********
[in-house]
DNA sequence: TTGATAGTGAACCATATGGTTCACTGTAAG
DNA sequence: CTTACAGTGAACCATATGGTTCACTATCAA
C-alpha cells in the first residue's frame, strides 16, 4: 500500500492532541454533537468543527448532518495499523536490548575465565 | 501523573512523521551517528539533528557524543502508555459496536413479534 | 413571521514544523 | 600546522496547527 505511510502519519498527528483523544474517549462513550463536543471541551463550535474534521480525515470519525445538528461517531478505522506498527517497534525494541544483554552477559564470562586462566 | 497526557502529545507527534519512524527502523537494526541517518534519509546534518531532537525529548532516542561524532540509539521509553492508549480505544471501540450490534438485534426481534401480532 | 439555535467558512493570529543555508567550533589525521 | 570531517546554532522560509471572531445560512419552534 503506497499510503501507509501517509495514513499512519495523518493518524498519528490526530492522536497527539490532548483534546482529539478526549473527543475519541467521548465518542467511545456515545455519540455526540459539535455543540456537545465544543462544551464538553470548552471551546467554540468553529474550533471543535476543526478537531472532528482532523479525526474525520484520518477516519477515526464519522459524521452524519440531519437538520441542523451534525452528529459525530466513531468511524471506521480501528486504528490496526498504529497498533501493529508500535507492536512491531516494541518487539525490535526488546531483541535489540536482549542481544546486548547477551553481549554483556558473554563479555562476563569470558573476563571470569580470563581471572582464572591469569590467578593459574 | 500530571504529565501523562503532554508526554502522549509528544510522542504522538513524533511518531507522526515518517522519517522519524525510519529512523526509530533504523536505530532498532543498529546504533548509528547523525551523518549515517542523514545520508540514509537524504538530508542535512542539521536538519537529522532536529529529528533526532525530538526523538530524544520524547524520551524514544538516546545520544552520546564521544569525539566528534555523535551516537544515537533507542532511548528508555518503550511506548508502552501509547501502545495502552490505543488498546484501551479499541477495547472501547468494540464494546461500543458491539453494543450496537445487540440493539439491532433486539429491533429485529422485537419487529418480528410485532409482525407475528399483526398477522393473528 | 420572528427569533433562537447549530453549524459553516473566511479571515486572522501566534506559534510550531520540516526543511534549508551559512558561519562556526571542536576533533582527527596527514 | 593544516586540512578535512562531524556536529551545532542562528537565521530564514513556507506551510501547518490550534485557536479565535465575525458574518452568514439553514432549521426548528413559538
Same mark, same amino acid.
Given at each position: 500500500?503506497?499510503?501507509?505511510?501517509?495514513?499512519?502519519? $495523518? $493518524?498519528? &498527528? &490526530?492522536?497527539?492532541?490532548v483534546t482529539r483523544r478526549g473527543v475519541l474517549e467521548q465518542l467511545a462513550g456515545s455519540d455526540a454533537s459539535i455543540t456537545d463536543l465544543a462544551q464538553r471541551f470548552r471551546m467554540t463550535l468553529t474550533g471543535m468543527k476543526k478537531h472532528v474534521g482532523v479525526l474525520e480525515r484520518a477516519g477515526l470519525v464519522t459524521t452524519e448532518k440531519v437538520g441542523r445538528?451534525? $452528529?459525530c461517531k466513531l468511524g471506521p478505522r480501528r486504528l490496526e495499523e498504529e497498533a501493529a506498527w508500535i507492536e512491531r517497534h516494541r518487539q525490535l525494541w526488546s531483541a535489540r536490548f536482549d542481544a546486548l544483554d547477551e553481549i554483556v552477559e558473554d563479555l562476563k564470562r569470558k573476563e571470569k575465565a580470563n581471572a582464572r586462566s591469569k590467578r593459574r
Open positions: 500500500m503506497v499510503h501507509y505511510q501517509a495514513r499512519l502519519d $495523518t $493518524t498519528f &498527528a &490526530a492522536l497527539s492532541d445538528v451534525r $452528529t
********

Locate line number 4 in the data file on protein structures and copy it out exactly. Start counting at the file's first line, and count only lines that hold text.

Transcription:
C-alpha cells in the first residue's frame, strides 16, 4: 500500500492532541454533537468543527448532518495499523536490548575465565 | 501523573512523521551517528539533528557524543502508555459496536413479534 | 413571521514544523 | 600546522496547527 505511510502519519498527528483523544474517549462513550463536543471541551463550535474534521480525515470519525445538528461517531478505522506498527517497534525494541544483554552477559564470562586462566 | 497526557502529545507527534519512524527502523537494526541517518534519509546534518531532537525529548532516542561524532540509539521509553492508549480505544471501540450490534438485534426481534401480532 | 439555535467558512493570529543555508567550533589525521 | 570531517546554532522560509471572531445560512419552534 503506497499510503501507509501517509495514513499512519495523518493518524498519528490526530492522536497527539490532548483534546482529539478526549473527543475519541467521548465518542467511545456515545455519540455526540459539535455543540456537545465544543462544551464538553470548552471551546467554540468553529474550533471543535476543526478537531472532528482532523479525526474525520484520518477516519477515526464519522459524521452524519440531519437538520441542523451534525452528529459525530466513531468511524471506521480501528486504528490496526498504529497498533501493529508500535507492536512491531516494541518487539525490535526488546531483541535489540536482549542481544546486548547477551553481549554483556558473554563479555562476563569470558573476563571470569580470563581471572582464572591469569590467578593459574 | 500530571504529565501523562503532554508526554502522549509528544510522542504522538513524533511518531507522526515518517522519517522519524525510519529512523526509530533504523536505530532498532543498529546504533548509528547523525551523518549515517542523514545520508540514509537524504538530508542535512542539521536538519537529522532536529529529528533526532525530538526523538530524544520524547524520551524514544538516546545520544552520546564521544569525539566528534555523535551516537544515537533507542532511548528508555518503550511506548508502552501509547501502545495502552490505543488498546484501551479499541477495547472501547468494540464494546461500543458491539453494543450496537445487540440493539439491532433486539429491533429485529422485537419487529418480528410485532409482525407475528399483526398477522393473528 | 420572528427569533433562537447549530453549524459553516473566511479571515486572522501566534506559534510550531520540516526543511534549508551559512558561519562556526571542536576533533582527527596527514 | 593544516586540512578535512562531524556536529551545532542562528537565521530564514513556507506551510501547518490550534485557536479565535465575525458574518452568514439553514432549521426548528413559538